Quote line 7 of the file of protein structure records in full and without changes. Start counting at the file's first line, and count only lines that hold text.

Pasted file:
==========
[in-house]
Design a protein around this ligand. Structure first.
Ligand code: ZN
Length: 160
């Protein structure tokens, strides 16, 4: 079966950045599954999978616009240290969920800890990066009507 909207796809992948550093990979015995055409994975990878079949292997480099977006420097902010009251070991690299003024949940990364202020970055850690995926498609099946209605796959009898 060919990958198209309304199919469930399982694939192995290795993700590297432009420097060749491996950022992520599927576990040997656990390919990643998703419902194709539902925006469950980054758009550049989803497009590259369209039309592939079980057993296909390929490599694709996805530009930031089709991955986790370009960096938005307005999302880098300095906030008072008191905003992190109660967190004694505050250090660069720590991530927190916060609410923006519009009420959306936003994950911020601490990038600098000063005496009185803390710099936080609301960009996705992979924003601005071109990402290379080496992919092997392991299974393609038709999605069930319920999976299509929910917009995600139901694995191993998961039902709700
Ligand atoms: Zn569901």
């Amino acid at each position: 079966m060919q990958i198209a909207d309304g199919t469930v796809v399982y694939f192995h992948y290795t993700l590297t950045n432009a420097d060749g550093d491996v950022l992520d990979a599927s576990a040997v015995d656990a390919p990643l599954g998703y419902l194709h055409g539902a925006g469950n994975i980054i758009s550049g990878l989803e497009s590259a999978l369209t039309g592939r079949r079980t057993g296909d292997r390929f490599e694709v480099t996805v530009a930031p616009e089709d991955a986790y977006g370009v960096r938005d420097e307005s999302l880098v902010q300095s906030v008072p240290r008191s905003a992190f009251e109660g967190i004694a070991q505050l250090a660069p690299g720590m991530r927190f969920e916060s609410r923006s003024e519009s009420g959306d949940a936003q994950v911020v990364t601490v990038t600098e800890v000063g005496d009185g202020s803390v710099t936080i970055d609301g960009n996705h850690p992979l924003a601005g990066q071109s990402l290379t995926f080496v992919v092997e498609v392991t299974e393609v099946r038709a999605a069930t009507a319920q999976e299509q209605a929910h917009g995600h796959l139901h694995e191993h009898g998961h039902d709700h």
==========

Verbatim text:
């Amino acid at each position: 079966m060919q990958i198209a909207d309304g199919t469930v796809v399982y694939f192995h992948y290795t993700l590297t950045n432009a420097d060749g550093d491996v950022l992520d990979a599927s576990a040997v015995d656990a390919p990643l599954g998703y419902l194709h055409g539902a925006g469950n994975i980054i758009s550049g990878l989803e497009s590259a999978l369209t039309g592939r079949r079980t057993g296909d292997r390929f490599e694709v480099t996805v530009a930031p616009e089709d991955a986790y977006g370009v960096r938005d420097e307005s999302l880098v902010q300095s906030v008072p240290r008191s905003a992190f009251e109660g967190i004694a070991q505050l250090a660069p690299g720590m991530r927190f969920e916060s609410r923006s003024e519009s009420g959306d949940a936003q994950v911020v990364t601490v990038t600098e800890v000063g005496d009185g202020s803390v710099t936080i970055d609301g960009n996705h850690p992979l924003a601005g990066q071109s990402l290379t995926f080496v992919v092997e498609v392991t299974e393609v099946r038709a999605a069930t009507a319920q999976e299509q209605a929910h917009g995600h796959l139901h694995e191993h009898g998961h039902d709700h």